Fourth-year student Skye Earley is digging into whether students, faculty and staff know how, where or why they should compost on campus.
Earley is collaborating with Luc Bernier, professor from the Faculty of Science, and Carlos Figueira, a director responsible for waste management at McMaster, on a thesis project looking at what ways to encourage tossing organic waste in compost bins on campus.
“We are asking students, faculty and staff to take a quick survey to give us some clues on how to improve composting at an individual level on campus,” Earley says.
“Do people on campus think there are enough composting bins or know where they are located? Do people think compost bins are garbage bins or vice versa? Is the signage clear? Does everyone know why composting matters?”
On campus, organic food waste can be placed in compost bins, which a third-party vendor takes offsite for sorting and composting.
The composted material is returned to McMaster as a natural fertilizer for plants and trees.
“Composting is more sustainable than placing food waste in the garbage bin, where it will end up producing more harmful greenhouse gases as it breaks down beneath inorganic waste in a landfill,” says Bernier, a professor in the School of Earth, Environment & Society.
“YOU MIGHT NOT THINK INDIVIDUAL ACTIONS MATTER, LIKE THROWING AN APPLE IN THE GARBAGE BIN. MCMASTER’S CAMPUS HAS OVER 37,000 STUDENTS AND EVEN MORE STAFF EATING HERE DAILY. THESE INDIVIDUAL ACTIONS ADD UP.”
McMaster students are active partners in sustainability on campus and Bernier has seen first-hand that students have a growing appetite to get involved. “Our world has finite resources and students know that influencing sustainable change on campus matters,” he says.
McMaster just completed its waste audit for 2022, and the pending results will be considered as part of this project. The population on campus was impacted by the pandemic during the last two years, making the 2019 waste audit the most recent comparable results. Expanding and encouraging participation in composting at our sites is a part of McMaster’s Sustainability Strategy.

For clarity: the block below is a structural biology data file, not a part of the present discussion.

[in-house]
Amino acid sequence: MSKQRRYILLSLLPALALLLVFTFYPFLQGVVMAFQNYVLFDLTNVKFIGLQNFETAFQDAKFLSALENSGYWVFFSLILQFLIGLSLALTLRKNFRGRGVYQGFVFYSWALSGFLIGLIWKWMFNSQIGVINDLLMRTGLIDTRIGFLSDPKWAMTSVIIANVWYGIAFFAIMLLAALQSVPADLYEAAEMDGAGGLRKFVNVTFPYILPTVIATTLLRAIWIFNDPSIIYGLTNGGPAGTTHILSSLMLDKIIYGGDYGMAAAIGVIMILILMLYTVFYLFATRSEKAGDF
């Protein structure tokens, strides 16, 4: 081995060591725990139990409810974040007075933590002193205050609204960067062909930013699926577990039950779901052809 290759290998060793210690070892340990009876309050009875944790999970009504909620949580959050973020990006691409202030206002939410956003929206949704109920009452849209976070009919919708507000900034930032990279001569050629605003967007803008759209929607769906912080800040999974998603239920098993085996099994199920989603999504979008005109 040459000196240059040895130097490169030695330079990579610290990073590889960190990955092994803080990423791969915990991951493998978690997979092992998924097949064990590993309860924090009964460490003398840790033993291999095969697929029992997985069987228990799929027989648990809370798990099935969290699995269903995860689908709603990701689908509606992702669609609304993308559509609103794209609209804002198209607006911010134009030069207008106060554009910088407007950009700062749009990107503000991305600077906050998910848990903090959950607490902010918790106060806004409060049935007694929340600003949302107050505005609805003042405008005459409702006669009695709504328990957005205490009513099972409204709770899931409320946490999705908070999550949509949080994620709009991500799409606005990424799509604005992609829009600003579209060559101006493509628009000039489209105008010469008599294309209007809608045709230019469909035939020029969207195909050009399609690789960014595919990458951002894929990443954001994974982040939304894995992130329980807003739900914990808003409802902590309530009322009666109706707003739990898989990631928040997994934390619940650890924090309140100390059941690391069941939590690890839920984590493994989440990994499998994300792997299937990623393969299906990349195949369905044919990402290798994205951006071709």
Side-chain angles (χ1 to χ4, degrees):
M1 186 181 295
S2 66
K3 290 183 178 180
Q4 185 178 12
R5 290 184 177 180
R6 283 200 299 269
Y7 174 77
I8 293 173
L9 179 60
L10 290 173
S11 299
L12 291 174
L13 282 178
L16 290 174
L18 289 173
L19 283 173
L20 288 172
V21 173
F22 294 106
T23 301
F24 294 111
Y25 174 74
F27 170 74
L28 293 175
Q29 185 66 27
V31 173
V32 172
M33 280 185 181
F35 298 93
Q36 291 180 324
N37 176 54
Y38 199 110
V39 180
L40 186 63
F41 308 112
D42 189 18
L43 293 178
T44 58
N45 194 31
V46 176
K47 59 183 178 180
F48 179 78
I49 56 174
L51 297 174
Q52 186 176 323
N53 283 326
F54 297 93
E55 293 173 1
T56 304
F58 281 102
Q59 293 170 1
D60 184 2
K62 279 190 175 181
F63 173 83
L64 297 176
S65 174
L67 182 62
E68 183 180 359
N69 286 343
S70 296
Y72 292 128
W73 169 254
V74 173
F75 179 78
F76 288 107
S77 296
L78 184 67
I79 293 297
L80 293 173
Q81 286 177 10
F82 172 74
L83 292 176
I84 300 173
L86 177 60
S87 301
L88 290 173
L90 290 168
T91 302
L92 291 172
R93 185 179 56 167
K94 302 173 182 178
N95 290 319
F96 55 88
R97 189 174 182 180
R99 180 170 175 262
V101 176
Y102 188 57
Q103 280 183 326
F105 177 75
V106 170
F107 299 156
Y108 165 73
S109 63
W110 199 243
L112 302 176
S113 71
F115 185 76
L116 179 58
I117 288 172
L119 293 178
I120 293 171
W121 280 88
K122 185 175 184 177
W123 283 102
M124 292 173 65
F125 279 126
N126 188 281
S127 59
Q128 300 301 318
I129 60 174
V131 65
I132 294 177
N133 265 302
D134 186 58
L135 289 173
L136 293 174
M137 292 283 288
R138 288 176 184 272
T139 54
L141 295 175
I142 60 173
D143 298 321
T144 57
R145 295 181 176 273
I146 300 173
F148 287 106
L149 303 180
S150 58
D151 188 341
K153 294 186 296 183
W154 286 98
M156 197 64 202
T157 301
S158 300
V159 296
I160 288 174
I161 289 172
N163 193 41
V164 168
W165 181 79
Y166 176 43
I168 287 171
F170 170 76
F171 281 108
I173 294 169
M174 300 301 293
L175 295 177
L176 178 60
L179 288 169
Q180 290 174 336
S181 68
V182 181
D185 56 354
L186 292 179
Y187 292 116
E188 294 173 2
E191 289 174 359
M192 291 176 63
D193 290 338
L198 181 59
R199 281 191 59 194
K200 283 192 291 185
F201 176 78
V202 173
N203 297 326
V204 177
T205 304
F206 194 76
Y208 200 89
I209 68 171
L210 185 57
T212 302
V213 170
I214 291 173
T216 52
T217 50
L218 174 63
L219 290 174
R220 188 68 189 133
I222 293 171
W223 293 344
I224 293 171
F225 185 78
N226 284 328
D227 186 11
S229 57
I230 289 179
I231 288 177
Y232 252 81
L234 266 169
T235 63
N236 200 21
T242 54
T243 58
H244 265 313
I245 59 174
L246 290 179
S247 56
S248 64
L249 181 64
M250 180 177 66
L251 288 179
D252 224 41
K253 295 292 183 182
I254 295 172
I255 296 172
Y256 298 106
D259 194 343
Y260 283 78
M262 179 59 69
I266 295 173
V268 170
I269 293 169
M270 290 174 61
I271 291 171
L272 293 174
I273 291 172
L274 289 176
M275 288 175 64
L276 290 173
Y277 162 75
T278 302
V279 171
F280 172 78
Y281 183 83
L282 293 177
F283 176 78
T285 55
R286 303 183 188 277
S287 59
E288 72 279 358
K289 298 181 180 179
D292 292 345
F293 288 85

“Our last waste audit indicated that 21.5 per cent of organic waste ends up in garbage bins. This is waste that would ideally be placed in the compost bin,” says Fieguera, director of custodial and grounds services at McMaster.
“When non-organic waste ends up in the compost bin, it can become very difficult for our vendor to sort it and it may go to landfill as a last resort. Anything we can do to increase proper composting on campus will make a difference here.”
Earley’s project is part of her sustainbility internship, a program where undergraduate students complete a sustainability-focused capstone or thesis in their program of study, while going above and beyond through practical application in sustainability.
McMaster students, faculty and staff who take the project survey will help Earley develop recommendations for positive changes on campus.
Other students associated with the Academic Sustainability Program have also begun collaborating with Facility Services on a pilot project that encourages staff across campus to champion composting in their area.
The outcomes from the pilot and the results of Earley’s survey will both be incorporated into Facility Services’ sustainability planning. The continued collaboration between students, faculty and staff is what will help boost composting rates and create a brighter future on campus in the years ahead.